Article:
17. 17. class Circle { private: double radius; public: Circle() { radius = 0.0;} Circle(int r); void setRadius(double r){radius = r;} double getDiameter(){ return radius *2;} double getArea(); double getCircumference(); }; Circle::Circle(int r) { radius = r; } double Circle::getArea() { return radius * radius * (22.0/7); } double Circle:: getCircumference() { return 2 * radius * (22.0/7); } void main() { Circle c(7); Circle *cp1 = &c; Circle *cp2 = new Circle(7); cout<<“The are of cp2:” <<cp2->getArea(); }
  18. 18. Destructors <ul><li>Destructors </li></ul><ul><ul><li>Special member function </li></ul></ul><ul><ul><li>Same name as class </li></ul></ul><ul><ul><ul><li>Preceded with tilde ( ~ ) </li></ul></ul></ul><ul><ul><li>No arguments </li></ul></ul><ul><ul><li>No return value </li></ul></ul><ul><ul><li>Cannot be overloaded </li></ul></ul><ul><ul><li>Before system reclaims object’s memory </li></ul></ul><ul><ul><ul><li>Reuse memory for new objects </li></ul></ul></ul><ul><ul><ul><li>Mainly used to de-allocate dynamic memory locations </li></ul></ul></ul>
  19. 19. Another class Example <ul><li>This class shows how to handle time parts. </li></ul>class Time { private: int *hour,*minute,*second; public: Time(); Time(int h,int m,int s); void printTime(); void setTime(int h,int m,int s); int getHour(){return *hour;} int getMinute(){return *minute;} int getSecond(){return *second;} void setHour(int h){*hour = h;} void setMinute(int m){*minute = m;} void setSecond(int s){*second = s;} ~Time(); }; Destructor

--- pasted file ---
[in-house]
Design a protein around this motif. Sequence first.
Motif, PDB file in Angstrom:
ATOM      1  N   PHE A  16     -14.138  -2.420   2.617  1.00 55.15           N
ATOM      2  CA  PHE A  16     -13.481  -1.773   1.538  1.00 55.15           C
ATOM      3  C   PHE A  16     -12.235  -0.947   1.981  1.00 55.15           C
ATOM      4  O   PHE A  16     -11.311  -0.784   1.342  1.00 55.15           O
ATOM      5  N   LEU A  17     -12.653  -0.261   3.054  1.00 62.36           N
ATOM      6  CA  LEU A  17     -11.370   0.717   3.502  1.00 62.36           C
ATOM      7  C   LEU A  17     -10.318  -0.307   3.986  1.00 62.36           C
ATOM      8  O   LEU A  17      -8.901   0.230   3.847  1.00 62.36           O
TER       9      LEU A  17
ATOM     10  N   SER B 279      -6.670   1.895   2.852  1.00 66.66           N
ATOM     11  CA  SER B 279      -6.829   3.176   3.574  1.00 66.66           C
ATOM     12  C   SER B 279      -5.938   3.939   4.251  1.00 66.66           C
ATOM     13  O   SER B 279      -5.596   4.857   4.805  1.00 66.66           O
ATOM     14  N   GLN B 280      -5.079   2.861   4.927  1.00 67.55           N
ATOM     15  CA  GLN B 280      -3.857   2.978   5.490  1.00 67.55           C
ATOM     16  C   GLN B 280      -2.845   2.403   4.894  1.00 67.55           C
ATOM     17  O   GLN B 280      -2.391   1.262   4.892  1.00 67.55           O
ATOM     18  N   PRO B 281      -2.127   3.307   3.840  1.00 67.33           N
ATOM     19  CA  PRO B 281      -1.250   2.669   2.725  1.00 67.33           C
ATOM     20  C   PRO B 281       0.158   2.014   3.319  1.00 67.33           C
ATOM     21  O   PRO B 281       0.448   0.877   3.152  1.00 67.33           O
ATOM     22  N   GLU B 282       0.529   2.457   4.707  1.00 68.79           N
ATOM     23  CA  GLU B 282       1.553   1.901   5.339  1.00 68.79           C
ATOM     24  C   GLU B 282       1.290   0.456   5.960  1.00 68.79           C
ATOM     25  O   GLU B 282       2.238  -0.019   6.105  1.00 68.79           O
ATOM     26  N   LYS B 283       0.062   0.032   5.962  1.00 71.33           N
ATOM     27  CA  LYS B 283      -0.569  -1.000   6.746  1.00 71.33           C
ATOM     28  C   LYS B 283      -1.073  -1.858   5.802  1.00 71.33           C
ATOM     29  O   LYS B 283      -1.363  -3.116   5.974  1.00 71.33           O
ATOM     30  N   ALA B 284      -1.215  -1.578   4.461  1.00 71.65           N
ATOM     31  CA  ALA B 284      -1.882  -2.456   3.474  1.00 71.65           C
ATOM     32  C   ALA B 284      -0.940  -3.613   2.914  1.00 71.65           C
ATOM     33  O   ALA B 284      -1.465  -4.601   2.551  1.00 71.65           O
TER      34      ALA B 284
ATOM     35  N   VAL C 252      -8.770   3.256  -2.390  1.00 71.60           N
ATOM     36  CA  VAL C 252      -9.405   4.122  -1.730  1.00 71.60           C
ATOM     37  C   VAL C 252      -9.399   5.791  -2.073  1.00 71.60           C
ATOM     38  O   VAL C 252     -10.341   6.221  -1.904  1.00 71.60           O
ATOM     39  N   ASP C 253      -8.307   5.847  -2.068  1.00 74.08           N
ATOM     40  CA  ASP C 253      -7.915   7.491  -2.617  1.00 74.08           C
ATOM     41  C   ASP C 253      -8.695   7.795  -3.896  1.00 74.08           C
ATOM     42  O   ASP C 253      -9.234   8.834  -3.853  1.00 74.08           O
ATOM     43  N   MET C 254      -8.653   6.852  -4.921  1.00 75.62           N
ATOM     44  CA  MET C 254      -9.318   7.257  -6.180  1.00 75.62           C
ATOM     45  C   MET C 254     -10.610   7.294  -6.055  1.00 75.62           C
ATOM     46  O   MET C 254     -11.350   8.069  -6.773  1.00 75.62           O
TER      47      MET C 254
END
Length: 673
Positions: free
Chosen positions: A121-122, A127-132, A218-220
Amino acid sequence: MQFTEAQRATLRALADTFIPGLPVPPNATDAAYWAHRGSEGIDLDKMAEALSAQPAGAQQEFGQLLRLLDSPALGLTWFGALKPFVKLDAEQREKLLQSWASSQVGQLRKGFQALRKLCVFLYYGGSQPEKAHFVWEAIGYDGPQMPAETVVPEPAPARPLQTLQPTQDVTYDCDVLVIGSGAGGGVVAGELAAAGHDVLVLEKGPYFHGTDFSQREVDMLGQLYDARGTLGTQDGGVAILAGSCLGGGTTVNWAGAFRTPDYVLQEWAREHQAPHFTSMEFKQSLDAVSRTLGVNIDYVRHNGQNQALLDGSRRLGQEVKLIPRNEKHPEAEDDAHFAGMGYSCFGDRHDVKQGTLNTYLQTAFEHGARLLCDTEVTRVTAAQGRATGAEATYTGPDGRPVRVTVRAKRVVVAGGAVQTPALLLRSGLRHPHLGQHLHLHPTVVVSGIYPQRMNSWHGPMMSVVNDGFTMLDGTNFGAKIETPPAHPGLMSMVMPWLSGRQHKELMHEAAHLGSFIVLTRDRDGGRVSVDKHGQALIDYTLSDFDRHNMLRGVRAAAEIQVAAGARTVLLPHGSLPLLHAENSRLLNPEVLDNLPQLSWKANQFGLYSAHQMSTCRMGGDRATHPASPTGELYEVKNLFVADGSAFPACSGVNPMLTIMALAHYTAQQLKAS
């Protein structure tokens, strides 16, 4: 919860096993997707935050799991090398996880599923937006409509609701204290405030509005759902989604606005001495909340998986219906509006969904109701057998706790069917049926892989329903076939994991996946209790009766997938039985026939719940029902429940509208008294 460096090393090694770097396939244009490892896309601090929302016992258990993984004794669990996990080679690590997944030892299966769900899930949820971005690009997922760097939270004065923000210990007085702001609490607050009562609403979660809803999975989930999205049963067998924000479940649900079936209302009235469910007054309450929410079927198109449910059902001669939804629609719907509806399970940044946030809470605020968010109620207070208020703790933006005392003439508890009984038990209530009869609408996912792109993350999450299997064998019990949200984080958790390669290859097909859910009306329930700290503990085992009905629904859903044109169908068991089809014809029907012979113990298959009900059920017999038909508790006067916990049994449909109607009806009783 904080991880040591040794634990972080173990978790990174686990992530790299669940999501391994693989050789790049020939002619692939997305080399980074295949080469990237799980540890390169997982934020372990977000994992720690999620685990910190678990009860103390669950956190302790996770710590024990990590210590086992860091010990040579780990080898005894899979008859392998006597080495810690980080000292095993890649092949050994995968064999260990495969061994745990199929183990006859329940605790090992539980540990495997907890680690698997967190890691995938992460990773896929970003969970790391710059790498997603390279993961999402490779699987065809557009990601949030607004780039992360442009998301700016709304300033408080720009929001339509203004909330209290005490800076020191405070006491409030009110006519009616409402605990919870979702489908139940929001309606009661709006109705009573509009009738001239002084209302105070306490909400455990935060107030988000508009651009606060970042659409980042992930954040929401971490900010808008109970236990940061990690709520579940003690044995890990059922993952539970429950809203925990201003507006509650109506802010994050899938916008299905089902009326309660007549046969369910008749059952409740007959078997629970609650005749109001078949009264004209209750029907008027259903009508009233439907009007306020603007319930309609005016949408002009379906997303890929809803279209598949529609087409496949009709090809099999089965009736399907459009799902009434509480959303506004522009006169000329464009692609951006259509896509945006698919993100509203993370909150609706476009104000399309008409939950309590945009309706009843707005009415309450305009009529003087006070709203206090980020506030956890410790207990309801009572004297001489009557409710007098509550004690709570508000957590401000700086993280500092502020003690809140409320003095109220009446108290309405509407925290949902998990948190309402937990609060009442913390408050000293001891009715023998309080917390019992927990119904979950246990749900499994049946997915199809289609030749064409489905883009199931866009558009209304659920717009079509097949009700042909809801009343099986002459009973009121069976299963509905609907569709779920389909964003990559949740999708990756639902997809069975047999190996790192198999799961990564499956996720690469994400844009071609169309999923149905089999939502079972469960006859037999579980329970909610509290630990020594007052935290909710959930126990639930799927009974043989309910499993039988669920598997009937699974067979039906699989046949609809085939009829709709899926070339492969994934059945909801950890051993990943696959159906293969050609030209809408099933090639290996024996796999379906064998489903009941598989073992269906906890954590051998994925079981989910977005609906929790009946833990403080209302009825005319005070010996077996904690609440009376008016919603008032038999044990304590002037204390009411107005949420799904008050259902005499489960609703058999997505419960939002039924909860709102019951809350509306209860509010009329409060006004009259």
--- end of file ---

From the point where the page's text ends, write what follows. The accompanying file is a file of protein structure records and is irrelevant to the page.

20. 20. Time::Time() { hour = new int; minute = new int; second = new int; * hour = *minute = *second = 0; } Time::Time(int h,int m,int s) { hour = new int; minute = new int; second = new int; * hour = h; * minute = m; * second = s; } void Time::setTime(int h,int m,int s) { * hour = h; * minute = m; * second = s; } Dynamic locations should be allocated to pointers first
  21. 21. void Time :: printTime () { cout<< &quot; The time is : (&quot; << * hour<< &quot;:&quot; << * minute<< &quot;:&quot; << * second<< &quot;)&quot; << endl; } Time :: ~Time () { delete hour; delete minute;delete second; } void main () { Time * t; t = new Time ( 3,55,54 ) ; t - >printTime () ; t - >setHour ( 7 ) ; t - >setMinute ( 17 ) ; t - >setSecond ( 43 ) ; t - >printTime () ; delete t; } Output: The time is : (3:55:54) The time is : (7:17:43) Press any key to continue Destructor: used here to de-allocate memory locations When executed, the destructor is called
  22. 22. Reasons for OOP <ul><ul><li>Simplify programming </li></ul></ul><ul><ul><li>Interfaces </li></ul></ul><ul><ul><ul><li>Information hiding: </li></ul></ul></ul><ul><ul><ul><ul><li>Implementation details hidden within classes themselves </li></ul></ul></ul></ul><ul><ul><li>Software reuse </li></ul></ul><ul><ul><ul><li>Class objects included as members of other classes </li></ul></ul></ul>